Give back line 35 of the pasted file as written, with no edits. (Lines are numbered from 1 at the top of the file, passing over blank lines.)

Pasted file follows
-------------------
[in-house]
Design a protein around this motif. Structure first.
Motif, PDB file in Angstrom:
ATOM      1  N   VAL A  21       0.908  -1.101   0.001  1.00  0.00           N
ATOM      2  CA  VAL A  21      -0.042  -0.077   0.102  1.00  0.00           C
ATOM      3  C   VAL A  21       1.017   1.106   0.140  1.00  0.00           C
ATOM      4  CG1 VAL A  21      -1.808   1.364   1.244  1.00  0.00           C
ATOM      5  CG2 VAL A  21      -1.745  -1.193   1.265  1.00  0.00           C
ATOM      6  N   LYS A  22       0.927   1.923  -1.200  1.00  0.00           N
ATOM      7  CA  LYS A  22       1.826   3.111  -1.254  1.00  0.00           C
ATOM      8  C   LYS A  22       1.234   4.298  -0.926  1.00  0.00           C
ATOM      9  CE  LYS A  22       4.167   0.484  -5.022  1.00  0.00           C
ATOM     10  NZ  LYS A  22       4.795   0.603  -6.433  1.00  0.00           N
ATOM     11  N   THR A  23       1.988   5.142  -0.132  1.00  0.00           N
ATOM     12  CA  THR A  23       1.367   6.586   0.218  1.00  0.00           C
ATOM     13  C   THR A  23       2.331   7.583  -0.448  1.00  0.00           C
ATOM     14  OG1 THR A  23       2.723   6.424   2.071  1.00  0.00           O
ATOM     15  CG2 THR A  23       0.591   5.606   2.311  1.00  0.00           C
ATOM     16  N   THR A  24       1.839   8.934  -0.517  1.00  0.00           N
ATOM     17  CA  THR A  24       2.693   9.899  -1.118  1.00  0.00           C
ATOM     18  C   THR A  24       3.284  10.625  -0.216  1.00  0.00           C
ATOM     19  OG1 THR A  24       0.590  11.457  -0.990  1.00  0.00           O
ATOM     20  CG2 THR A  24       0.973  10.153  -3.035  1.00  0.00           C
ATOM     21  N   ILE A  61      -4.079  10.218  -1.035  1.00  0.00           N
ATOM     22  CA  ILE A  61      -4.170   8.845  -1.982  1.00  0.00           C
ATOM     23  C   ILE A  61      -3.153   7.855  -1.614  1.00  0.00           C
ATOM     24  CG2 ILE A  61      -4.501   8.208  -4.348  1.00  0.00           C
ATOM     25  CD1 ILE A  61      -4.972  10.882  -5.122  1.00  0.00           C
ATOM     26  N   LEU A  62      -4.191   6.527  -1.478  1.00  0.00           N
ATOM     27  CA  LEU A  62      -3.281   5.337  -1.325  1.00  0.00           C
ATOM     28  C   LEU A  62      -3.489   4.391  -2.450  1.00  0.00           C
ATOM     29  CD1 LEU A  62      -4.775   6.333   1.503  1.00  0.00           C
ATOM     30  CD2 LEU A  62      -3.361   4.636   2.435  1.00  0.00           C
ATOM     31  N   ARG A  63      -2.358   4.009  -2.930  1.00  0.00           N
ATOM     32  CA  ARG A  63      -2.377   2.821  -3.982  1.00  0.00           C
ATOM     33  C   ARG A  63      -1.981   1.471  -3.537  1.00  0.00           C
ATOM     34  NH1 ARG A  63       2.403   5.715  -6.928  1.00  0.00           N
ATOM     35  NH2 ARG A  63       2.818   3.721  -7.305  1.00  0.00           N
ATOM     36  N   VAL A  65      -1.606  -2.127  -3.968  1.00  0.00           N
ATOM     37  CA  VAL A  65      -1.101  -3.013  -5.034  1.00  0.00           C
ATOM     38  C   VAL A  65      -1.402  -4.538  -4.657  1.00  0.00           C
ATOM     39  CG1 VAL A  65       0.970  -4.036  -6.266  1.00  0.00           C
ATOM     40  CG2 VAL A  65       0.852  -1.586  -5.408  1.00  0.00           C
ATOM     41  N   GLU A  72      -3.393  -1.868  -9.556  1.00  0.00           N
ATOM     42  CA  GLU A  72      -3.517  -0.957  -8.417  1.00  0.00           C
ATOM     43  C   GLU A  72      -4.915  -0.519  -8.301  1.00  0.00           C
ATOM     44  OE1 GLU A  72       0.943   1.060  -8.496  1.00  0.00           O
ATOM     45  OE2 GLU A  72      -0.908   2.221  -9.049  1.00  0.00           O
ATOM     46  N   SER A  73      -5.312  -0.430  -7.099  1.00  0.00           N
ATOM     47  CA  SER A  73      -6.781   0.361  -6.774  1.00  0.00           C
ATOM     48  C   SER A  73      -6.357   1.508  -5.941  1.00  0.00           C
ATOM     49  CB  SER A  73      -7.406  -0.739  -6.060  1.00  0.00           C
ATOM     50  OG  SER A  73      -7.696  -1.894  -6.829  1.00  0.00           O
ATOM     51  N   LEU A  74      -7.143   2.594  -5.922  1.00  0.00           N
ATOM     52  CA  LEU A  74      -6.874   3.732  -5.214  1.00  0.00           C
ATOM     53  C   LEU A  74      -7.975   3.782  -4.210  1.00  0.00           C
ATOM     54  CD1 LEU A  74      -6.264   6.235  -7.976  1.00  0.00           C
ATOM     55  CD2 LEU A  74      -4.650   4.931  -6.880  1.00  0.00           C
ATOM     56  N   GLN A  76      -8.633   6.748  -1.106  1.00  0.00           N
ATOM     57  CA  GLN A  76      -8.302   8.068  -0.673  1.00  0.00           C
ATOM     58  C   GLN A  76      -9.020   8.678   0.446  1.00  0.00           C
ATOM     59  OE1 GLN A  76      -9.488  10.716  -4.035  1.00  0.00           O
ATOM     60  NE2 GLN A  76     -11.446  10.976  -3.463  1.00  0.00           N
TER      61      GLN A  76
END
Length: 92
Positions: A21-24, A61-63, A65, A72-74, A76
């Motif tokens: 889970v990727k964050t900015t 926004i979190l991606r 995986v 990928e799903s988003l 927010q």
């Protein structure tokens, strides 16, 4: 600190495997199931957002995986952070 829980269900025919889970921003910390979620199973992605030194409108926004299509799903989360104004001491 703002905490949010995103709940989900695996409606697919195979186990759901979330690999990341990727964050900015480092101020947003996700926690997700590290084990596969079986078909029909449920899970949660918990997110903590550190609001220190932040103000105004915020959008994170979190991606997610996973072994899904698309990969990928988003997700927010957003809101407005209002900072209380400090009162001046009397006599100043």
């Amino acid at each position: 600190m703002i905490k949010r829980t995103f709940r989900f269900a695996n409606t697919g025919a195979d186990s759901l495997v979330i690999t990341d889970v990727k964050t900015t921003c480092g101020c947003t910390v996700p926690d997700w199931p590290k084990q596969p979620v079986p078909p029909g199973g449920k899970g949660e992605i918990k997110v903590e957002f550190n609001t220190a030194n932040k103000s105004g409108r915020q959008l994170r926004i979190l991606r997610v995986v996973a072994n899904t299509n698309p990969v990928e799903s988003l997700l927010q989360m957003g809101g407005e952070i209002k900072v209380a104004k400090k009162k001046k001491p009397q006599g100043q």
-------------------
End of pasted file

ATOM     32  CA  ARG A  63      -2.377   2.821  -3.982  1.00  0.00           C